We had a couple of requests for some help this past week with customers' custom font encoders. With 11g/12c BIP its not straightforward to embed your code with the BIP code. In fact; its really simple but it took me a while and some trial and error to get the encoder classes to the right spot and in the right format so that BIP could 'see' and use them.
In 11g/12c the BIP application is exploded out under the servers below the DOMAIN_HOME, in my 184.108.40.206.x install thats ./oracle/BI/user_projects/domains/bifoundation_domain/servers/AdminServer/tmp/_WL_user/bipublisher_11.1.1/6uc731
Under the last directory (which will be different for you) will be a lib directory. Thats where your encoder classes need to sit wrapped in a jar file. Its not the best place to have them as upgrades to the code line may not preserve them but its the only place I found where the classes get loaded that BIP can access the encoder. There are other more standard places under the WLS server but BIP can not access the class and the encoder is not reached.
Just to lay out some of the things I have found out during this investigation:
1. When you compile your class make sure the target java version is appropriate. For the 220.127.116.11.x codeline the version needs to be 1.6. For 12g, its 1.8. If you dont do this, you'll get errors when calling the class.
2. You need to wrap your class up in a jar file. If you use JDeveloper, you can create a deployment profile that will build the jar for you. Its then a case of copying it into the appropriate directory.
3. Make sure your RTF barcode register field command matches the 'package' line in your class. In my class I have:
So my template command is:
make sure they match.
4. In the encode command in the template. Make sure the encoding routine you want to use case matches the one in your encoding class.
In my class:
ENCODERS.put("pdf417", mUtility.getClass().getMethod("pdf417", arrayOfClass));
In my RTF template:
5. When you are testing the RTF template on the server. Forget the barcode font for now and use a clear text font. That way you can make sure the encoder is being called. Once you are happy. Just update the template with the barcode font you need.
6. When JDeveloper creates the jar file it will create the directory structure that matches your package path in the jar.
With all of the steps followed above. You are now ready to deploy the jar file into the server. Depending on how you have configured your server it is going to influence the location of the jar file. On my server, I have a simple install with just an Admin server. You may have multiple managed servers. The jar file will need to reside in all locations for the BIP server to find it.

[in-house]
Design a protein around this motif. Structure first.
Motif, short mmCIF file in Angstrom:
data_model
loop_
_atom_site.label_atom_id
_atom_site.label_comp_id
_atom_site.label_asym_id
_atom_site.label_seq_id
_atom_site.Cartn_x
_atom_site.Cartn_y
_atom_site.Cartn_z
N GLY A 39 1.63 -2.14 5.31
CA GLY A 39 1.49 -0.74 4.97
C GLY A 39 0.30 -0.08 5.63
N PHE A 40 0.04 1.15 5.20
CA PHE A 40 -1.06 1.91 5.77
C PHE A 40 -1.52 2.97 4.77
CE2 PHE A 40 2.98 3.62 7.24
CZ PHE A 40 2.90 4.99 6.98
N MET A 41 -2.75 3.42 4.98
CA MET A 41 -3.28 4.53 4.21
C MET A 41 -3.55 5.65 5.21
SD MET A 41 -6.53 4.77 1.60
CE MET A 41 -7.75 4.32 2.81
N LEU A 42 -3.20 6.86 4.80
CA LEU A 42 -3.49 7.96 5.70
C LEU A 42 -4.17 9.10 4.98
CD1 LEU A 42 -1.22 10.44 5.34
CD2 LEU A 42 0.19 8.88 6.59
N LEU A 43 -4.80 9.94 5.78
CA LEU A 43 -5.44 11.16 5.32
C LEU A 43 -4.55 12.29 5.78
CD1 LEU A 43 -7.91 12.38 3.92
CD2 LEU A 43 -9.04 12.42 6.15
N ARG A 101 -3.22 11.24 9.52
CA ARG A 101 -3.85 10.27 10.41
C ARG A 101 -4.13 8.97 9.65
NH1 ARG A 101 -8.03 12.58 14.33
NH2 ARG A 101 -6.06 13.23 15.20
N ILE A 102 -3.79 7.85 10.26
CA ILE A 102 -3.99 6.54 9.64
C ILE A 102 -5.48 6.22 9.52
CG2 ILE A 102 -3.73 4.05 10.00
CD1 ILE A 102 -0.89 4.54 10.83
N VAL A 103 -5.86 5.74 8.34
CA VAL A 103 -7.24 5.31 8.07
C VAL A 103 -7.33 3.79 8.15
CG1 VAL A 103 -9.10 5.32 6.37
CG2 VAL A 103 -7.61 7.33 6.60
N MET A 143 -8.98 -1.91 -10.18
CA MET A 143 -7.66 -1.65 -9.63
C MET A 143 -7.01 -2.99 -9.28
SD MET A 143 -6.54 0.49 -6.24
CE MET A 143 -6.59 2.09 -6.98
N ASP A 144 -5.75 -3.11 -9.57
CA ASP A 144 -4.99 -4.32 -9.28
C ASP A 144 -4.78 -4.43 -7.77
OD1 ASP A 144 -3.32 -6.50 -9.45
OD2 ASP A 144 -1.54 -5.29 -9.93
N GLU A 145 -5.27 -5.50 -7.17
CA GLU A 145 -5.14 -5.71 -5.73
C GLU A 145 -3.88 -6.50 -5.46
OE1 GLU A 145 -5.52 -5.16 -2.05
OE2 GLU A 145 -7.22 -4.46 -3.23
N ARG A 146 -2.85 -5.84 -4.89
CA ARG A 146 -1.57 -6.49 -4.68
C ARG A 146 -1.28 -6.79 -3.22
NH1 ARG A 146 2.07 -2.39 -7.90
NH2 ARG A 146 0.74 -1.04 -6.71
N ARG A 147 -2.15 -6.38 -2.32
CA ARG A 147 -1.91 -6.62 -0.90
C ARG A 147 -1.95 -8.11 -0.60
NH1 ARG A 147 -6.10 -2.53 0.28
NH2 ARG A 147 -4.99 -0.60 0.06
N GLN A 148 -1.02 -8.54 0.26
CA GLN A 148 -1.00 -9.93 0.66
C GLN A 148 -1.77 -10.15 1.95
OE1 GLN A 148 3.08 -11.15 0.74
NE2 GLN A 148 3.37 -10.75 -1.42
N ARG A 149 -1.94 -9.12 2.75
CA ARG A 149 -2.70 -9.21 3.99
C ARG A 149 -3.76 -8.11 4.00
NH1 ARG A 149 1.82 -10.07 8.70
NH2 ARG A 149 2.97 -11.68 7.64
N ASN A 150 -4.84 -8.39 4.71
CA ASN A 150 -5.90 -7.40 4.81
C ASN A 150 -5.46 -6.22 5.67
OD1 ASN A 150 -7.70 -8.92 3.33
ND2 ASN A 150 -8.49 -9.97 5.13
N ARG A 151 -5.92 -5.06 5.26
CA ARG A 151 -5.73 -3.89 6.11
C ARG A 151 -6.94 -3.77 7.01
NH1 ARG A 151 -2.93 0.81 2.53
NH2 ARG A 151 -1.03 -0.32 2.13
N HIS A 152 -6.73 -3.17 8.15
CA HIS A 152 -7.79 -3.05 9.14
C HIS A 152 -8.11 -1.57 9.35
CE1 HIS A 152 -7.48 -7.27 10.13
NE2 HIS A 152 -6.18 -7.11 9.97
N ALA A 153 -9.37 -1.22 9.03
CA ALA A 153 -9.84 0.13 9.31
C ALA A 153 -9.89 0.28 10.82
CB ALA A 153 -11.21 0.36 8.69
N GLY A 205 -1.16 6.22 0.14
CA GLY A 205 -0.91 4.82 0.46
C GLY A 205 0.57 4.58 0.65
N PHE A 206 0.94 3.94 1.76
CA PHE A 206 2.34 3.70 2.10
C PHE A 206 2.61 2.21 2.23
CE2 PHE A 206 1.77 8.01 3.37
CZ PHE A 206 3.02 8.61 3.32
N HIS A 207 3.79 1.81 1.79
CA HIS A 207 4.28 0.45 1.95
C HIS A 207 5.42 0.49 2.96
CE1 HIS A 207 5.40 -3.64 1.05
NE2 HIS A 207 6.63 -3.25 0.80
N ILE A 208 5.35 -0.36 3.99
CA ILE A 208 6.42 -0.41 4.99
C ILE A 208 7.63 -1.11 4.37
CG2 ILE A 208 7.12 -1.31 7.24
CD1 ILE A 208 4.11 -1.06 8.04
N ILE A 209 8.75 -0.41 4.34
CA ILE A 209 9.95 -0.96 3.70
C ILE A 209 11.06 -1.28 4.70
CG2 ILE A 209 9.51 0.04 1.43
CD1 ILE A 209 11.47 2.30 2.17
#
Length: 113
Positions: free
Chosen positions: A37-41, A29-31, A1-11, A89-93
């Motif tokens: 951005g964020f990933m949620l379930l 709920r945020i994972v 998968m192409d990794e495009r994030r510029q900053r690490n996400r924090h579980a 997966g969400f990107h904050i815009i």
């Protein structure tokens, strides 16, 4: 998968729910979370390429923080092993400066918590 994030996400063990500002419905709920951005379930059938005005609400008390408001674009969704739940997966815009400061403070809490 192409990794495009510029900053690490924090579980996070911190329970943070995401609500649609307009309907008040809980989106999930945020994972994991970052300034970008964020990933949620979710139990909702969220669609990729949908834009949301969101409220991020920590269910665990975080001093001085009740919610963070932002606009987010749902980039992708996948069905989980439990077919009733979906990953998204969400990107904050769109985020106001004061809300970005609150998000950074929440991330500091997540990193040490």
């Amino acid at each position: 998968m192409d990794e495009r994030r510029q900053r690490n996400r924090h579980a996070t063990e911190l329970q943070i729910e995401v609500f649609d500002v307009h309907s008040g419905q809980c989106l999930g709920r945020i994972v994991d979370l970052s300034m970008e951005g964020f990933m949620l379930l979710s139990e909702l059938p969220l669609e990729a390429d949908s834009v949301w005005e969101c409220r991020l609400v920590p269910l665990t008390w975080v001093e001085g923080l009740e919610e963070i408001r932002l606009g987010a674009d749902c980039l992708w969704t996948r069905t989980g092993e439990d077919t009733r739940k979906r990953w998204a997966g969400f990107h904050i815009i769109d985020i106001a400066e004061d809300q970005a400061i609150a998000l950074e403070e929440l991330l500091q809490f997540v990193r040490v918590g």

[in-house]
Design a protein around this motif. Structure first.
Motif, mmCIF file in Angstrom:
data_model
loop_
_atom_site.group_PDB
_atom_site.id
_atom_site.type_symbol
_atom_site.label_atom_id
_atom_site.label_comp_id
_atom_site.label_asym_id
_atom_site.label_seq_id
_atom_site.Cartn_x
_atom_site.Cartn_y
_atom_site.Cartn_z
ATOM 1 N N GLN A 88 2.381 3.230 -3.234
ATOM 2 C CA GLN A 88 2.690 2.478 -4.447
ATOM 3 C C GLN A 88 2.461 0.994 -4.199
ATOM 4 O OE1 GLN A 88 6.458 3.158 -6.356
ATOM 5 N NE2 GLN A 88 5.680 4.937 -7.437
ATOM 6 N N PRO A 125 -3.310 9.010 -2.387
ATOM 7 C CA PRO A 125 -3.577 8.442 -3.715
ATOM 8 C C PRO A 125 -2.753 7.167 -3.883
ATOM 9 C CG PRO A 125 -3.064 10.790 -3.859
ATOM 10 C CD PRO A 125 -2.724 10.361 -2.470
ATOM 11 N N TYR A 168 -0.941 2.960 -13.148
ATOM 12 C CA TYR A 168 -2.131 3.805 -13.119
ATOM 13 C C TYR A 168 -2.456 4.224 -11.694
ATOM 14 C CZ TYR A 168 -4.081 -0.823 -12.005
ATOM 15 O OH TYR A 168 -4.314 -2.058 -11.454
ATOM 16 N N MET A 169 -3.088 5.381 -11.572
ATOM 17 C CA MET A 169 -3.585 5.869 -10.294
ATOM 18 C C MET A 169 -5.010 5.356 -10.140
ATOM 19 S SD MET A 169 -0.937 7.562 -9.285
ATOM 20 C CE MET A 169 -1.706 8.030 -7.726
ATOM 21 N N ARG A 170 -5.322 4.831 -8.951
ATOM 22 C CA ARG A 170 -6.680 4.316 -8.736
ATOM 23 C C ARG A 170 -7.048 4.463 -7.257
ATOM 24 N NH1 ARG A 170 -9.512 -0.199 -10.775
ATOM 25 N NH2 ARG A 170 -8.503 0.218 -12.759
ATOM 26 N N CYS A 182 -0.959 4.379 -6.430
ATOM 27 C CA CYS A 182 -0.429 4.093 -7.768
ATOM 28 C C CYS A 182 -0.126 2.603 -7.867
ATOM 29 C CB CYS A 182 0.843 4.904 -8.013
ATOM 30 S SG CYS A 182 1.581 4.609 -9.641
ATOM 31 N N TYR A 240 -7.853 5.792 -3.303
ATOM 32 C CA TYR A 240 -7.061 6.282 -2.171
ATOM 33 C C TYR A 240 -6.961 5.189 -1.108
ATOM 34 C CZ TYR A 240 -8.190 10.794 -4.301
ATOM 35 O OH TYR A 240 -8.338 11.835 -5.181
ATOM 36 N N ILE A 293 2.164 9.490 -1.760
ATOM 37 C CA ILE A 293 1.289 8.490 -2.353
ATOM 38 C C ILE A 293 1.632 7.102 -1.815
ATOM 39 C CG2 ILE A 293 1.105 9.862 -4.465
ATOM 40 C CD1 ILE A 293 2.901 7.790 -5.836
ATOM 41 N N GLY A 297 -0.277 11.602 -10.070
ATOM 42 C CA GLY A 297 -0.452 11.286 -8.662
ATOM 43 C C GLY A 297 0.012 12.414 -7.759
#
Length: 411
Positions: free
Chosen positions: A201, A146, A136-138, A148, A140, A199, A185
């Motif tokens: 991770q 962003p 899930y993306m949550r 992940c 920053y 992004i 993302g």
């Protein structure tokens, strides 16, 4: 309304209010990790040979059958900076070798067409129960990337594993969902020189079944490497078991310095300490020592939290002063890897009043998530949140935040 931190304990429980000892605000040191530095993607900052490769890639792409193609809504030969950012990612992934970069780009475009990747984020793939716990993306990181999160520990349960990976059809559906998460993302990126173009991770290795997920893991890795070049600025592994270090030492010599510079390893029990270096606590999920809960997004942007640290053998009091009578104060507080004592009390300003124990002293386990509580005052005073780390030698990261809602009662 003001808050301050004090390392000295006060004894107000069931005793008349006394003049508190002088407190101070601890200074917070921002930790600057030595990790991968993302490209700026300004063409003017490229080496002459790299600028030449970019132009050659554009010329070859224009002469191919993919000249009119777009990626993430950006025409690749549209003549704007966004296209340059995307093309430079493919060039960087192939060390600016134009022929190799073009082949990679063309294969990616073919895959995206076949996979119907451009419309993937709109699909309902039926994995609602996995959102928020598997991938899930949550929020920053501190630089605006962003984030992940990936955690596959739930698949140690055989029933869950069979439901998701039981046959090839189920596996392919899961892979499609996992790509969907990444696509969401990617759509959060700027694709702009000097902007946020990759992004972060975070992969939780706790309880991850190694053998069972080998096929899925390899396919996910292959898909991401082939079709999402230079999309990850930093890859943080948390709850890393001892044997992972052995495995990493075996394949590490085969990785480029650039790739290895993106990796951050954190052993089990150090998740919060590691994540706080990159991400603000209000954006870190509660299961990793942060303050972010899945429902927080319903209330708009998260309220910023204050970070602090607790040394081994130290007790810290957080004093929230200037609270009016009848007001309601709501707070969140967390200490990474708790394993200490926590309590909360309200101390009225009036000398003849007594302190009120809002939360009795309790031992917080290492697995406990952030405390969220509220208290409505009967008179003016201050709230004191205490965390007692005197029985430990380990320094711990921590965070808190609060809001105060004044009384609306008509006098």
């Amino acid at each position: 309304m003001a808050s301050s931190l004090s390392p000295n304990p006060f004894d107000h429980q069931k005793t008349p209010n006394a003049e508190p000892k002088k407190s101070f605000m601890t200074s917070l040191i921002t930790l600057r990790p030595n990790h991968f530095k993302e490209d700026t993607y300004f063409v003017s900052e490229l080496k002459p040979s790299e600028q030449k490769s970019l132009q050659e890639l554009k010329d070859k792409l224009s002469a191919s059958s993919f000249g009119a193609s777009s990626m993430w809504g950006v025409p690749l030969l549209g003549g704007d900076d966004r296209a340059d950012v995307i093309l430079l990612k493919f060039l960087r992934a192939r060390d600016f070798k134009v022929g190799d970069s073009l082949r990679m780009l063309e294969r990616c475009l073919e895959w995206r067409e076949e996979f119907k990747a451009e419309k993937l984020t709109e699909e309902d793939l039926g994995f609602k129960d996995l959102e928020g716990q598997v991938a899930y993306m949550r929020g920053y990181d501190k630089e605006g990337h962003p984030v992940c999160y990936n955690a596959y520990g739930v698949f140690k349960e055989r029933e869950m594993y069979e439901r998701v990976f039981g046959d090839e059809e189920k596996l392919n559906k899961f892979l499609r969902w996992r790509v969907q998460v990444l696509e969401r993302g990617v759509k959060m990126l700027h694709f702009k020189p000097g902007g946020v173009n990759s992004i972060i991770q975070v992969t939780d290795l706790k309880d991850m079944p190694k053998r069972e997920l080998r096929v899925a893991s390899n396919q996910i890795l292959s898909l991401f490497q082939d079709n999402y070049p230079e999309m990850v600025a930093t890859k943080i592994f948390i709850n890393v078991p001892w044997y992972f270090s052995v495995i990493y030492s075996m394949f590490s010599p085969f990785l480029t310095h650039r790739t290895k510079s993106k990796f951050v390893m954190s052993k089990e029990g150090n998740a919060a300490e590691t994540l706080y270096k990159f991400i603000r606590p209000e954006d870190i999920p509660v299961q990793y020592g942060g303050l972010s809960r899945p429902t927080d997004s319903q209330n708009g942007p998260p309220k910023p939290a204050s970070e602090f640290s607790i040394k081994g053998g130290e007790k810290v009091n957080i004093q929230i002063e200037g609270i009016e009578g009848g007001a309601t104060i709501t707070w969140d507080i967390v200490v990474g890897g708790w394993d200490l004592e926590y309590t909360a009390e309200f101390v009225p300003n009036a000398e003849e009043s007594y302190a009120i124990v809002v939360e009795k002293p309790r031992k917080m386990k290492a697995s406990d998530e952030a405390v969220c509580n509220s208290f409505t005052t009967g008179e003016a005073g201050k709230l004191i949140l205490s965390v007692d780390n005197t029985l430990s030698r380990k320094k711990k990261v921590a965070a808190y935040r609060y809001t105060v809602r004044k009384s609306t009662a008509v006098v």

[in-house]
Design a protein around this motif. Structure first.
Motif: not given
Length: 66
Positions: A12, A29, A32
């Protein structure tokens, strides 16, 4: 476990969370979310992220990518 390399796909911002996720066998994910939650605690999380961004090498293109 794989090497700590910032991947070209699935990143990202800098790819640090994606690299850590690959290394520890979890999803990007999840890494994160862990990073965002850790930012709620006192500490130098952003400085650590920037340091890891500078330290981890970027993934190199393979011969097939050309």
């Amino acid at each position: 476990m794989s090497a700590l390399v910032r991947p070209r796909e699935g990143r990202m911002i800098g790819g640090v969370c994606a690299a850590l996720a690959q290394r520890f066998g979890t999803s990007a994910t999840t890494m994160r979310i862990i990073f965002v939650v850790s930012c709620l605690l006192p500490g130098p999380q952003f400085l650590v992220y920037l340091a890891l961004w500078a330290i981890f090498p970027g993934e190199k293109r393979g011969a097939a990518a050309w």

On my 11g server, I copied the jar file to:
On my 12c server:
Once copied, you need to bounce the WLS server to get the class loaded. You will then be able to see the encoder at work in the output.
Make a post upgrade note for yourself and others to ensure, that after a patch application. You check that the encoder jar is still present in the above directories. It'll save some head scratching later :0)
Here are my files from testing the solution on 11g.7.x and 12c
Update: we have had a couple of customers get through this now and they have helpfully noted a couple of points that helped them out.
1. When moving from 10g to 11g or 12c. On compiling the custom class For example, from 10G to 11G, the location of XDOBarcodeEncoder changes from oracle.apps.xdo.template.rtf.util to oracle.xdo.template.rtf.util. so you will need to update your class to reflect the new import location.
2. A reference to "Oracle® Fusion Middleware Developer's Guide for Oracle Business Intelligence Publisher 11g Release 1 (11.1.1) E22259-04
Section 7.13, "Advanced Barcode Formatting" It provides an example of source code for a custom class.
and for 12c - Fusion Middleware Report Designer's Guide for Oracle Business Intelligence Publisher